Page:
3.1 New vehicle
Just as with the Sudoku puzzle, in the next problem you need to use logic and reasoning to recover missing pieces of information.
Activity 4 New vehicle
Imagine you’ve recently been looking for a new vehicle. You don’t know at the moment if you would like a motorbike or a car because you would like to get the best price possible and have the most options available.
When you call the dealership to enquire about its stock, the assistant manager, Paul, jokingly tells you that they have 21 vehicles available, with a total of 54 wheels. Just as you ask him how many of each type of vehicle he has, the phone call is inadvertently disconnected.
Can you work out how many motorcycles and how many cars the dealership currently has?
As with any problem there are different ways of approaching this problem, so when you’ve got your answer take a look at some other possible methods.
Remember, if you need a hint to help you get started click on ‘Reveal comment’ below.
There are many ways to solve this problem. You might consider trying to use pictures (visualisation can be very helpful) or select a starting point, such as assuming half are motorbikes and half are cars, and then revising your first guess.
Method 1: Diagrams
Suppose that all the vehicles are motorbikes. Draw a diagram (you don’t need to be an artist) that shows these 21 motorbikes. Be sure to use a representation that will allow you to clearly distinguish between 2 and 4 wheels.
Since there are 21 motorbikes with 2 wheels each, your drawing shows a total of 42 wheels. Paul said that there were 54 wheels, so you need an additional 12 wheels, because 54 – 42 = 12. In other words, some of the motorbikes drawn need to be turned into cars.
You could just start adding 2 wheels to each motorbike until you’ve counted up to 12, or you could be clever. If you change a motorbike into a car, you gain 2 additional wheels. Since you know you need 12 more wheels to reach the required total, you need to change 6 motorbikes to cars, because 12 ÷ 2 = 6. Can you see how that worked?
From the picture, you can observe that there are 6 cars and 15 motorbikes, for a total of 21 vehicles. You can check that the total number of wheels adds up to 54.
- Each car has 4 wheels, which makes 6 × 4 = 24 wheels.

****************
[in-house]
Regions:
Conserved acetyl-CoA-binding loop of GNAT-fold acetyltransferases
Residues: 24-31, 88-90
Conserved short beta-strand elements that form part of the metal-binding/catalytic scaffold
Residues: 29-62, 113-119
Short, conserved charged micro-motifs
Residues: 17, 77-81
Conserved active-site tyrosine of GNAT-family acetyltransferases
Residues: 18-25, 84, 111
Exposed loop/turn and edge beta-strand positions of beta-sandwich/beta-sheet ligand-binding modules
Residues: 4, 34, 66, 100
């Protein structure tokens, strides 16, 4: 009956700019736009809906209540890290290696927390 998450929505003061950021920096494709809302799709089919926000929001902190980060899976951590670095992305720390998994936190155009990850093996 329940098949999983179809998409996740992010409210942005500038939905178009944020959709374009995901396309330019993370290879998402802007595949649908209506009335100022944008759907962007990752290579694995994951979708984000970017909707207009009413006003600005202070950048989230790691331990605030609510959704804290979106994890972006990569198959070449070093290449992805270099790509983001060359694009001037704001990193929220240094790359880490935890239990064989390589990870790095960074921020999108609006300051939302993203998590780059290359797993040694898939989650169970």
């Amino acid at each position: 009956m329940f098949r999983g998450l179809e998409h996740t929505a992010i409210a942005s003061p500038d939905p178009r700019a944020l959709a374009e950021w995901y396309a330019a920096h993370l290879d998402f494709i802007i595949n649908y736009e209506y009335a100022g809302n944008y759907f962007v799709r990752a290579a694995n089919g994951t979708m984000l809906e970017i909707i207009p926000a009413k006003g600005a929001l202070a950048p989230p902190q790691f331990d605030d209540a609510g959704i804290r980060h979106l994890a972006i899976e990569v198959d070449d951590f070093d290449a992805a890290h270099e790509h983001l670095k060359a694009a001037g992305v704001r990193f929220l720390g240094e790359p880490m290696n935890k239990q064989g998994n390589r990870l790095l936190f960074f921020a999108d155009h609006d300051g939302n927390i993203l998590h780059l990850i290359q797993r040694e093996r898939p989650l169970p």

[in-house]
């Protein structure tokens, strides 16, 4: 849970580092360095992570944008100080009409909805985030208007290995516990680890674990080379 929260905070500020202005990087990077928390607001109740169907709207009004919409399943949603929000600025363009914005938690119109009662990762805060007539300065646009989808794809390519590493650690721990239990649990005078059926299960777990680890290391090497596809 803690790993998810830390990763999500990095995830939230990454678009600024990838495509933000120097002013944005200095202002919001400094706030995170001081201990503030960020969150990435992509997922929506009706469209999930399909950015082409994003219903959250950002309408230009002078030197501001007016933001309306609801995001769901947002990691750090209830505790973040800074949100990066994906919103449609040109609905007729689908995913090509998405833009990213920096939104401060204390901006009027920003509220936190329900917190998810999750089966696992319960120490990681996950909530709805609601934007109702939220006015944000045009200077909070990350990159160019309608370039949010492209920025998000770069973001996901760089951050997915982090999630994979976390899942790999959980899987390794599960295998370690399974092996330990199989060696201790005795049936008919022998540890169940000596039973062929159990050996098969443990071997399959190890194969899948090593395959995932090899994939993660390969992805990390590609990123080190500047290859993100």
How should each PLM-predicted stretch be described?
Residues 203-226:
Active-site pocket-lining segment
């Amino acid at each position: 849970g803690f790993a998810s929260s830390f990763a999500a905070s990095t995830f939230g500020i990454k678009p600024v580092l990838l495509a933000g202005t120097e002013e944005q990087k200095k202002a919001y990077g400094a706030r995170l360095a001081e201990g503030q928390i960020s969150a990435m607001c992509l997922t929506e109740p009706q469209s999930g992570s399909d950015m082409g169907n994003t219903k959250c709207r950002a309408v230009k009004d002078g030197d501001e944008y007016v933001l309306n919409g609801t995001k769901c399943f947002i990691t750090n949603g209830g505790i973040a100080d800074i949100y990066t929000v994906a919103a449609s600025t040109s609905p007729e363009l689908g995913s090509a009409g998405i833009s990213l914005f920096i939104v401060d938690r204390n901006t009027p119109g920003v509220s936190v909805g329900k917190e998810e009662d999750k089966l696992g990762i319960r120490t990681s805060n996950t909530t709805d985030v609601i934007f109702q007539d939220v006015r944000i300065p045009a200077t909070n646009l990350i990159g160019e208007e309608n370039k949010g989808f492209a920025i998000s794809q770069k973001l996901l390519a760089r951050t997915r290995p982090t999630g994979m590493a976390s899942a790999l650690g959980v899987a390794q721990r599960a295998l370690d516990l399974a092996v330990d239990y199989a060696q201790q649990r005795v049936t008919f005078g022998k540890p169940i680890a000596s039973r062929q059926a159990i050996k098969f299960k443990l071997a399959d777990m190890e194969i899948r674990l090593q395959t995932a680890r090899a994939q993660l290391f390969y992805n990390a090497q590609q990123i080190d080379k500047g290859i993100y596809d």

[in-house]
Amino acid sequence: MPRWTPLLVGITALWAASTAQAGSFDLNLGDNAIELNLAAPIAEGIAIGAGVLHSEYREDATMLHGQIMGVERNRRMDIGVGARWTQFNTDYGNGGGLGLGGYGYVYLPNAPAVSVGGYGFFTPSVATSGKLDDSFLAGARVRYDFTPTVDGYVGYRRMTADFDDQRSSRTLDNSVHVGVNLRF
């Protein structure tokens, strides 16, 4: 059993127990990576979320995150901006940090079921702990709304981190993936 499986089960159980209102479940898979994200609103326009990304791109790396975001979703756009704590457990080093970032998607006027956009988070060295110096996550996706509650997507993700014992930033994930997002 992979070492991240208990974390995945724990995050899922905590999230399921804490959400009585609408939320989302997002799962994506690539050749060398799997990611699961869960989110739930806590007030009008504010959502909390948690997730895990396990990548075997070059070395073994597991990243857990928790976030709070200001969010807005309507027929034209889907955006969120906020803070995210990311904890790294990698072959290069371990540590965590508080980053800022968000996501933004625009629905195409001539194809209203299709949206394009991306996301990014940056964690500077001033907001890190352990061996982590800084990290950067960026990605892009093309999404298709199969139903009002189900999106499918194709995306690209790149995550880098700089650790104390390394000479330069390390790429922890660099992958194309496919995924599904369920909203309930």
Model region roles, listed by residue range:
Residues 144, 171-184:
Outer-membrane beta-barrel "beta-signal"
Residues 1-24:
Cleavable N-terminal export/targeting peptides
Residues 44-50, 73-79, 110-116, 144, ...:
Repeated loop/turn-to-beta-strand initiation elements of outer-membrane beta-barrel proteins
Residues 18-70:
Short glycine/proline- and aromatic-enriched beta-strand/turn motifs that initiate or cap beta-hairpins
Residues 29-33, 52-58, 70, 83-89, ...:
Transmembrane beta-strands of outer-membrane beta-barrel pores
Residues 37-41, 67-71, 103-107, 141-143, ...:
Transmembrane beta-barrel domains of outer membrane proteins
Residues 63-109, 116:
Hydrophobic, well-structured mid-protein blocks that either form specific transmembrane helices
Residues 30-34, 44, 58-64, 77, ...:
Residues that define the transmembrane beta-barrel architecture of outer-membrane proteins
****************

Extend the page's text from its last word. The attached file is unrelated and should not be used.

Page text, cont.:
- Each motorbike has 2 wheels, which makes 15 × 2 = 30 wheels.
- Together, this is 24 + 30 = 54 wheels.
Thus, the dealership has 15 motorbikes and 6 cars in stock.
Method 2: Educated guess
You can make any guess you think is reasonable. For example, you might assume that about half of the vehicles were motorbikes – say, ten of the vehicles. To keep track of your guesses, a table is quite useful. As you make adjustments to your guesses, remember that the number of motorbikes plus the number of cars must equal 21.
|Motorbikes||Cars||Total number of wheels|
|10||11||10 × 2 + 11 × 4 = 64||(too many wheels → need fewer cars)|
|12||9||12 × 2 + 9 × 4 = 60||(too many wheels → need fewer cars)|
|14||7||14 × 2 + 7 × 4 = 56||(too many wheels → need fewer cars)|
|15||6||15 × 2 + 6 × 4 = 54||This matches with what Paul told you.|
Once again, the conclusion is that there are 15 motorbikes and 6 cars at the dealership.
Method 3: Pairs of wheels
Another way to solve this problem is to consider the pairs of wheels. Because the assistant manager told you that there are a total of 54 wheels, this means there are 27 pairs of wheels, because 54 ÷ 2 = 27. If all the vehicles were motorbikes, you would have 27 motorbikes, which is too many: remember, Paul told you there are only 21 vehicles.
Next, determine how many extra pairs of wheels there are. Because 27– 21 = 6, you know there are 6 extra pairs of wheels. This indicates that 6 of the vehicles have to have an extra pair of wheels (beyond the pair for each vehicle that you’ve already counted). In other words, 6 vehicles must have 2 pairs of wheels, or 4 wheels each. Thus, there are 6 cars. To find the number of motorbikes, you need to take the cars away from the total number of vehicles: 21 – 6 = 15.
Consequently, there are 15 motorbikes and 6 cars.
So, remember when you come across a problem that there will usually be more than one way to approach it. If you don’t get anywhere with your first method, see if you can come at the problem a slightly different way.
You are going to leave problem solving behind for a moment and move onto subjects that you might think feel like proper maths! It is important to have a good understanding of how numbers are put together so that they make sense to us and what they represent. You will turn your attention to this in the next section.